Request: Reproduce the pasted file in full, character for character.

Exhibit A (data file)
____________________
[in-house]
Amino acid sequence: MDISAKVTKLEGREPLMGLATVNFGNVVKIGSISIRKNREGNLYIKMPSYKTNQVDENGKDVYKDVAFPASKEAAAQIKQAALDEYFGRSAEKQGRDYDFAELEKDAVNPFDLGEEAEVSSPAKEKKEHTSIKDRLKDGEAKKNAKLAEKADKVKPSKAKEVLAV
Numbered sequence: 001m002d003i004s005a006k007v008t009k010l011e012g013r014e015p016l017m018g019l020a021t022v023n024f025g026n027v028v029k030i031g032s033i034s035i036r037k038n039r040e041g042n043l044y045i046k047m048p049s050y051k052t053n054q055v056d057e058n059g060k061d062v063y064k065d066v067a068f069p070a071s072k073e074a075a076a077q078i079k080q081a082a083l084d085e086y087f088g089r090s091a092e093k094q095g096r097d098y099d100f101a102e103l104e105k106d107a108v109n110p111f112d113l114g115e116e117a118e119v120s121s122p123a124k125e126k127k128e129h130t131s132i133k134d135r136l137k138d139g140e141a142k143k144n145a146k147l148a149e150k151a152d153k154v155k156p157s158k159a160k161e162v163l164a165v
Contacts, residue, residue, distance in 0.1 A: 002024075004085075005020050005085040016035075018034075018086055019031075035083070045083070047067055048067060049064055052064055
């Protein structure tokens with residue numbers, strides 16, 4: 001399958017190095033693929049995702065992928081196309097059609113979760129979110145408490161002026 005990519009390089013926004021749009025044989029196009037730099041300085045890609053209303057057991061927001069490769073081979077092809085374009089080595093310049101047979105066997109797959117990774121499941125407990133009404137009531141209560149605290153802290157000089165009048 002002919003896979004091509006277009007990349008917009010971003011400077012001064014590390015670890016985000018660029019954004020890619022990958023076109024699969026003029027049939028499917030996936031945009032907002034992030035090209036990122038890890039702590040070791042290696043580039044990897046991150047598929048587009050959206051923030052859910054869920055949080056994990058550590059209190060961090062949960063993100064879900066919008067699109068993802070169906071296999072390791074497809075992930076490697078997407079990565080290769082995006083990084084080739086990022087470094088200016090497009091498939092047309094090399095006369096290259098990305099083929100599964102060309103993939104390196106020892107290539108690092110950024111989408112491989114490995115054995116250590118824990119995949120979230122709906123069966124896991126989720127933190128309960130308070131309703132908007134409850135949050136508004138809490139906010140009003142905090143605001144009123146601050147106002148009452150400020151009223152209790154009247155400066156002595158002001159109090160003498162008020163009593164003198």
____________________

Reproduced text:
[in-house]
Amino acid sequence: MDISAKVTKLEGREPLMGLATVNFGNVVKIGSISIRKNREGNLYIKMPSYKTNQVDENGKDVYKDVAFPASKEAAAQIKQAALDEYFGRSAEKQGRDYDFAELEKDAVNPFDLGEEAEVSSPAKEKKEHTSIKDRLKDGEAKKNAKLAEKADKVKPSKAKEVLAV
Numbered sequence: 001m002d003i004s005a006k007v008t009k010l011e012g013r014e015p016l017m018g019l020a021t022v023n024f025g026n027v028v029k030i031g032s033i034s035i036r037k038n039r040e041g042n043l044y045i046k047m048p049s050y051k052t053n054q055v056d057e058n059g060k061d062v063y064k065d066v067a068f069p070a071s072k073e074a075a076a077q078i079k080q081a082a083l084d085e086y087f088g089r090s091a092e093k094q095g096r097d098y099d100f101a102e103l104e105k106d107a108v109n110p111f112d113l114g115e116e117a118e119v120s121s122p123a124k125e126k127k128e129h130t131s132i133k134d135r136l137k138d139g140e141a142k143k144n145a146k147l148a149e150k151a152d153k154v155k156p157s158k159a160k161e162v163l164a165v
Contacts, residue, residue, distance in 0.1 A: 002024075004085075005020050005085040016035075018034075018086055019031075035083070045083070047067055048067060049064055052064055
């Protein structure tokens with residue numbers, strides 16, 4: 001399958017190095033693929049995702065992928081196309097059609113979760129979110145408490161002026 005990519009390089013926004021749009025044989029196009037730099041300085045890609053209303057057991061927001069490769073081979077092809085374009089080595093310049101047979105066997109797959117990774121499941125407990133009404137009531141209560149605290153802290157000089165009048 002002919003896979004091509006277009007990349008917009010971003011400077012001064014590390015670890016985000018660029019954004020890619022990958023076109024699969026003029027049939028499917030996936031945009032907002034992030035090209036990122038890890039702590040070791042290696043580039044990897046991150047598929048587009050959206051923030052859910054869920055949080056994990058550590059209190060961090062949960063993100064879900066919008067699109068993802070169906071296999072390791074497809075992930076490697078997407079990565080290769082995006083990084084080739086990022087470094088200016090497009091498939092047309094090399095006369096290259098990305099083929100599964102060309103993939104390196106020892107290539108690092110950024111989408112491989114490995115054995116250590118824990119995949120979230122709906123069966124896991126989720127933190128309960130308070131309703132908007134409850135949050136508004138809490139906010140009003142905090143605001144009123146601050147106002148009452150400020151009223152209790154009247155400066156002595158002001159109090160003498162008020163009593164003198």